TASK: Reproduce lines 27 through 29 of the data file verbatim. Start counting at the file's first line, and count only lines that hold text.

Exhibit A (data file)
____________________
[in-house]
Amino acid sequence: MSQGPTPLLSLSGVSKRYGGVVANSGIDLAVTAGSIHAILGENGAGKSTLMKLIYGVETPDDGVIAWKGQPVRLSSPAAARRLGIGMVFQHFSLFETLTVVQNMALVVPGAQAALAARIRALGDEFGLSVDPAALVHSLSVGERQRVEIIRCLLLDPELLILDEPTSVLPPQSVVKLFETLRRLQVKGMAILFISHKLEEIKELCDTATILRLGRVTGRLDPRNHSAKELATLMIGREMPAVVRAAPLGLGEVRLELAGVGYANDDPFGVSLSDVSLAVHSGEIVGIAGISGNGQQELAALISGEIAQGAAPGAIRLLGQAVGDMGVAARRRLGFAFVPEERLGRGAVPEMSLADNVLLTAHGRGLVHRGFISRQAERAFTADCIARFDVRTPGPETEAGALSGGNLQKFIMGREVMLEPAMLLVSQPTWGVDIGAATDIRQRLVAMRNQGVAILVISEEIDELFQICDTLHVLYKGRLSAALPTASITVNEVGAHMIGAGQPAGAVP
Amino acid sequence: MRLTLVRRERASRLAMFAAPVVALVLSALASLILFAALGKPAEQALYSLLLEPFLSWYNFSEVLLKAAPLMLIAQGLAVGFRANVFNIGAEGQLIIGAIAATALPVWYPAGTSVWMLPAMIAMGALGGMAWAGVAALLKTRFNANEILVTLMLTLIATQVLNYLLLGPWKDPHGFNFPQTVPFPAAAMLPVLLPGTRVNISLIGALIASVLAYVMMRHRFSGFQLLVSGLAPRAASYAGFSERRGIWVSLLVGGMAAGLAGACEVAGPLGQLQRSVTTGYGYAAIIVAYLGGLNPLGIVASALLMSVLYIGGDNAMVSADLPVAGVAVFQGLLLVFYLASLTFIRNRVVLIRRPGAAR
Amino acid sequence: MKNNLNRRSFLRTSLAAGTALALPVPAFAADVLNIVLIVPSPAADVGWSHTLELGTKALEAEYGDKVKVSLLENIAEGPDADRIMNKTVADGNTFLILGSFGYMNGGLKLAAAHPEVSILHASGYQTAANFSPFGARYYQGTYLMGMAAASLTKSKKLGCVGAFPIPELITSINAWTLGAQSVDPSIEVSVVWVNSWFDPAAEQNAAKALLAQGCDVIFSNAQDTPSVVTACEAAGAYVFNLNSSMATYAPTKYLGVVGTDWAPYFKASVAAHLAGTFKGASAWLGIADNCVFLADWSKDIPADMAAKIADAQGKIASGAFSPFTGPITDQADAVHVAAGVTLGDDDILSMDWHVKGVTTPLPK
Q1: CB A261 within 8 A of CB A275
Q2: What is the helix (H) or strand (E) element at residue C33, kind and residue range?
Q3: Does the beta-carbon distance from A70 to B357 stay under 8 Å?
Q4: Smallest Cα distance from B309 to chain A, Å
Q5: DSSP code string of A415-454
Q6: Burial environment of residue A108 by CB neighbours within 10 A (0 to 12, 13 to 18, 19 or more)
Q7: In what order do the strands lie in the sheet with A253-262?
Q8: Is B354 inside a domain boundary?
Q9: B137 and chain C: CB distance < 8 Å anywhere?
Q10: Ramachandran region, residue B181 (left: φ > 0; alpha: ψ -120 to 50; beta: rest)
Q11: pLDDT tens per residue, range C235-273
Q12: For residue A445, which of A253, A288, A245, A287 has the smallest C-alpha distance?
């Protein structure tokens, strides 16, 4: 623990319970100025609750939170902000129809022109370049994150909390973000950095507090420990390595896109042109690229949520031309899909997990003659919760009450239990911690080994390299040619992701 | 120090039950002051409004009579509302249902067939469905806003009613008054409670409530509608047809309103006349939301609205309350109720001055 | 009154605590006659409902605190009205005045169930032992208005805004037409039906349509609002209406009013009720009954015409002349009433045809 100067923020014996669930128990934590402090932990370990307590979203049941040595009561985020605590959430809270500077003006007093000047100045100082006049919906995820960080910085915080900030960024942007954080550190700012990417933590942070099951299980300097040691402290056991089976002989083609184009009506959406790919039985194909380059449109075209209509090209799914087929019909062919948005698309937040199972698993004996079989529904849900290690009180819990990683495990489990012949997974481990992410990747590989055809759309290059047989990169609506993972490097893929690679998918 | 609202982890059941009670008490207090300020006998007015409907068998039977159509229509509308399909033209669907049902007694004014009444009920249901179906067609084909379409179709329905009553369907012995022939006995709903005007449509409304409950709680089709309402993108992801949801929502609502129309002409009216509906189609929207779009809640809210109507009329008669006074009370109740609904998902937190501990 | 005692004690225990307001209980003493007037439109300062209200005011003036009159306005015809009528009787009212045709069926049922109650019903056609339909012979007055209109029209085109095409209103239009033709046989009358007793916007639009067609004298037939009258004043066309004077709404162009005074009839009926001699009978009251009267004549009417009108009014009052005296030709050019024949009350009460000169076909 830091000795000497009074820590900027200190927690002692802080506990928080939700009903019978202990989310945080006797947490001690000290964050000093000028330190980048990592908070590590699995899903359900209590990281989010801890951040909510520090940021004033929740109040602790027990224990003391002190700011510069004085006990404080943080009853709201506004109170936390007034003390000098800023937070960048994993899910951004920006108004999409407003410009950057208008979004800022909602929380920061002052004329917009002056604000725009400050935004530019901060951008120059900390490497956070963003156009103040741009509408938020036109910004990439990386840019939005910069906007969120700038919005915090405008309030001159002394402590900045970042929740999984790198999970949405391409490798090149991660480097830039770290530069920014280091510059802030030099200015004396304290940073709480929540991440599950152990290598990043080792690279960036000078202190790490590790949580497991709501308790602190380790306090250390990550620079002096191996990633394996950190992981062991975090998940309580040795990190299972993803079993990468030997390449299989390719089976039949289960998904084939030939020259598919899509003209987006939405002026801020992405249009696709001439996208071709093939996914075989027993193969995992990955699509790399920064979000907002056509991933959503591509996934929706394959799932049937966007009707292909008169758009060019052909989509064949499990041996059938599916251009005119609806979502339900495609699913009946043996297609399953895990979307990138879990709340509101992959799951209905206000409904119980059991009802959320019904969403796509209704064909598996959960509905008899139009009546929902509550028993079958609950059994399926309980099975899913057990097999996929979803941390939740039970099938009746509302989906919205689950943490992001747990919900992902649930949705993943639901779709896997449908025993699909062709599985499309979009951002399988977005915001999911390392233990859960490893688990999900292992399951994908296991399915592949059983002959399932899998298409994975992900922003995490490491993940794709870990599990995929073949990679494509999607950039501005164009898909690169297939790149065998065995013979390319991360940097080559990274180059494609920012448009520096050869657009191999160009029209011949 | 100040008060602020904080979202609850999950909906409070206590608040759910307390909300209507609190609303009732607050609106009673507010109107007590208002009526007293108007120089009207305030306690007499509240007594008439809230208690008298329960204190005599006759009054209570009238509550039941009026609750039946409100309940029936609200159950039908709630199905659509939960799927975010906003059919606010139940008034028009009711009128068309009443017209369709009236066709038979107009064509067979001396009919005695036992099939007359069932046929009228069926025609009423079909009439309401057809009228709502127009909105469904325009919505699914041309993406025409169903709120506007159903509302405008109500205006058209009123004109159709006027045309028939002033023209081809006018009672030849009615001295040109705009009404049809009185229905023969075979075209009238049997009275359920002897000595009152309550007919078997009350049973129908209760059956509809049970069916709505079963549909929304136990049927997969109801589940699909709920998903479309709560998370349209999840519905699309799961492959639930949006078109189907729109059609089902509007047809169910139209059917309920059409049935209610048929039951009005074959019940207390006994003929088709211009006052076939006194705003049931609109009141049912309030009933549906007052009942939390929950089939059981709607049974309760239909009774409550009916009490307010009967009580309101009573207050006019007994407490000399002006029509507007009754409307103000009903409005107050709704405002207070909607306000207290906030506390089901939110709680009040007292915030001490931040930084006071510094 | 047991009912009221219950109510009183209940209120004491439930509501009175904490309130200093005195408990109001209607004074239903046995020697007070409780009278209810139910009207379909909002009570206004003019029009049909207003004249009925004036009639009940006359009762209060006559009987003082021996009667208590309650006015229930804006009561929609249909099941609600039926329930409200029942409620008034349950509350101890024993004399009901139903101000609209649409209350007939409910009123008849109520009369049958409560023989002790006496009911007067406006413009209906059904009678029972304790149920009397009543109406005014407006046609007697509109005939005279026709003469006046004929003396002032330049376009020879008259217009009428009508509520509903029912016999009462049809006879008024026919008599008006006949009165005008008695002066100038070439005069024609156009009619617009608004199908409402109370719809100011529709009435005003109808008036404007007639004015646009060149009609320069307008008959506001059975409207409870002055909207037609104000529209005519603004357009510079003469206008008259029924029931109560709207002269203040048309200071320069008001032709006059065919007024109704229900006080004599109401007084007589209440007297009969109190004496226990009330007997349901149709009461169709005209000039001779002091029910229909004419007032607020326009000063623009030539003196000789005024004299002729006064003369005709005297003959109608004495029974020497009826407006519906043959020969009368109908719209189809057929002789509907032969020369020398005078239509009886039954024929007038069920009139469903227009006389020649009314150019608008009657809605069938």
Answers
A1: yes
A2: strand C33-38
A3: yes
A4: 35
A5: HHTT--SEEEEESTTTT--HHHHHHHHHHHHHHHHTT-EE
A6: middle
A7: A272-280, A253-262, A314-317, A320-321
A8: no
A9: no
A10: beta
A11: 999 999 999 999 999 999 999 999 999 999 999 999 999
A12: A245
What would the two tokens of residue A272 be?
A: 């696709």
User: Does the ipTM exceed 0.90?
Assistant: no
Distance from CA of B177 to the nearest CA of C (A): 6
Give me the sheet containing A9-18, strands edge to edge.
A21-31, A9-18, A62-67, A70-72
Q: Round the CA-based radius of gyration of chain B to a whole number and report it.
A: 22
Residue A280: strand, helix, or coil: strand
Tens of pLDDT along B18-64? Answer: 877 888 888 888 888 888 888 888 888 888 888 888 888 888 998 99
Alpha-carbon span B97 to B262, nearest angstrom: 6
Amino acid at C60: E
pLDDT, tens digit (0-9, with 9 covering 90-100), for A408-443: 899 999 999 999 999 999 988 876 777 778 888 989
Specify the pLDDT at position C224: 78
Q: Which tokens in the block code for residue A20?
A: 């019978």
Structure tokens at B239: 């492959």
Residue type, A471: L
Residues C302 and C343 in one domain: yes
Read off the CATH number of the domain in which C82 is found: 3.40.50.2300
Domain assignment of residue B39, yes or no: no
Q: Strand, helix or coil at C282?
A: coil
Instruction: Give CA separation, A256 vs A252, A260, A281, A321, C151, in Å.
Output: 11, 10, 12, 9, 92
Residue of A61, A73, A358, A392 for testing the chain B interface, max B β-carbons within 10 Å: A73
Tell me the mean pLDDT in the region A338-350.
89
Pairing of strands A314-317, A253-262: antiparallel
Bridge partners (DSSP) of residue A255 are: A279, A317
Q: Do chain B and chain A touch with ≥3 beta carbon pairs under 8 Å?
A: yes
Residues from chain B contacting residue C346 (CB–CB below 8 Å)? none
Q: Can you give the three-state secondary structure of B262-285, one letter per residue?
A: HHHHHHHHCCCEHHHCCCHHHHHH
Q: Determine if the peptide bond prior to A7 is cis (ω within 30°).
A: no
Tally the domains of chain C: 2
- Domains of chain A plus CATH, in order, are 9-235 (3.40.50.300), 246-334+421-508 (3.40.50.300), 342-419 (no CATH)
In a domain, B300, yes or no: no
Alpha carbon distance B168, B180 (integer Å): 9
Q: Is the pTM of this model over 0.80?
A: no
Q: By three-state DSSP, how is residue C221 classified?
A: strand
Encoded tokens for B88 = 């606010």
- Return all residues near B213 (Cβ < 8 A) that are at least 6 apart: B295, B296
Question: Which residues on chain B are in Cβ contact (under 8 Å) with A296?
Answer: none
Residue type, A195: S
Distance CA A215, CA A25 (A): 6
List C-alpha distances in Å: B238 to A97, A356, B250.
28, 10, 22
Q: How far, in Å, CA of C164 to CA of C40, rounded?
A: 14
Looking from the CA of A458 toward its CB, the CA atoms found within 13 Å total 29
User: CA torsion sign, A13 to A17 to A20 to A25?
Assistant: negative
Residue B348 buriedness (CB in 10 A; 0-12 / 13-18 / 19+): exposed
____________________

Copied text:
A9: no
A10: beta
A11: 999 999 999 999 999 999 999 999 999 999 999 999 999